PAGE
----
03 June 2011
A Response to Panorama
The programme aired by Panorama last night was truly horrific viewing. The systematic physical and verbal abuse uncovered at Winterbourne View towards their vulnerable adults highlighted consistent failings from both within Castlebeck and from the Care Quality Commission ( CQC), our social care regulator – neither of which are acceptable.
As a care provider we make a commitment to those whom entrust us with the safety and wellbeing of their loved ones, taking this leap of faith in an organisation is hard enough , today I cant but feel its going to be that little bit harder.
And rightly so, to anybody considering a care solution this programme confirmed your worst nightmares, no accountability, no empathy, no structure, no transparency. Dark dark days indeed.
The end of the documentary initimated a change of provider for many of the victims identified and was able to show the difference a supportive environment made to Simon, a young gentleman with learning difficulties. And so what we mustnt do is let the criminal acts of 4 so called “support workers” tarnish the fabulous work of the care community at large, the dedicated , committed, professional carers of this country and how they touch peoples lives. Easier said than done, its up to us as a care provider to work closer than ever with families so that the service we offer is developed and delivered collaboratively and openly, a partnership with clear lines of communication whom they can trust.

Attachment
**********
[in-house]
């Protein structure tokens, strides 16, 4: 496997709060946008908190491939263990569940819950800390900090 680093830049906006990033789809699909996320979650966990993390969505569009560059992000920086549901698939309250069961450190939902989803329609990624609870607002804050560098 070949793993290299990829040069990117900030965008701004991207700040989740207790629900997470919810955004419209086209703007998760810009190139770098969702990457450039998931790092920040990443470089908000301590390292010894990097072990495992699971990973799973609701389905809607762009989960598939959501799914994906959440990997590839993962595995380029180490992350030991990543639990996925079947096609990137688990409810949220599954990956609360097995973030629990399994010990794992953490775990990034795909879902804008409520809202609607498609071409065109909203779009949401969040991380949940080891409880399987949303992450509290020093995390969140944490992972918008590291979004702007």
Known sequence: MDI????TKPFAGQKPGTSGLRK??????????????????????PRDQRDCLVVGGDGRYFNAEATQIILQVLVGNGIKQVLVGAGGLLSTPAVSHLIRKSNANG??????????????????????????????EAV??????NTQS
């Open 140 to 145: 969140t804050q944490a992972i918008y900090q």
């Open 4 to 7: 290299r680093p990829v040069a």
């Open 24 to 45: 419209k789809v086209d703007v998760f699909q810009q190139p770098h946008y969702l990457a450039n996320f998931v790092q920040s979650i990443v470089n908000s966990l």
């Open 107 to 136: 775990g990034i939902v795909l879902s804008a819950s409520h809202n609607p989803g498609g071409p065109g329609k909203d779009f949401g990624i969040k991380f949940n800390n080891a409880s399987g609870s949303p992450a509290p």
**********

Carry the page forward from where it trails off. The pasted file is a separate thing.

So what will happen within our industry as a result? We learn today that the government has ordered a review of the CQC’s failure to investigate a whistleblower’s account of the abuse at Winterbourne and that Paul Burstow, the
social care minister, has asked the regulator to investigate similar services to the unit, the role of the CQC, which is the sector regulator, and the local authority. A committee of MPs will also question CQC chiefs over their responsibilities. Stephen Dorrell, the chair of the Commons health committee, said a scheduled hearing with CQC bosses on 22 June will now focus on the organisation’s failings in the case.
Investigations here, there and everywhere. It’s difficult not to be cynical when we have heard these proclamations before.
Those who have nothing to hide should embrace the opportununity to educate and reassure. And we can do this today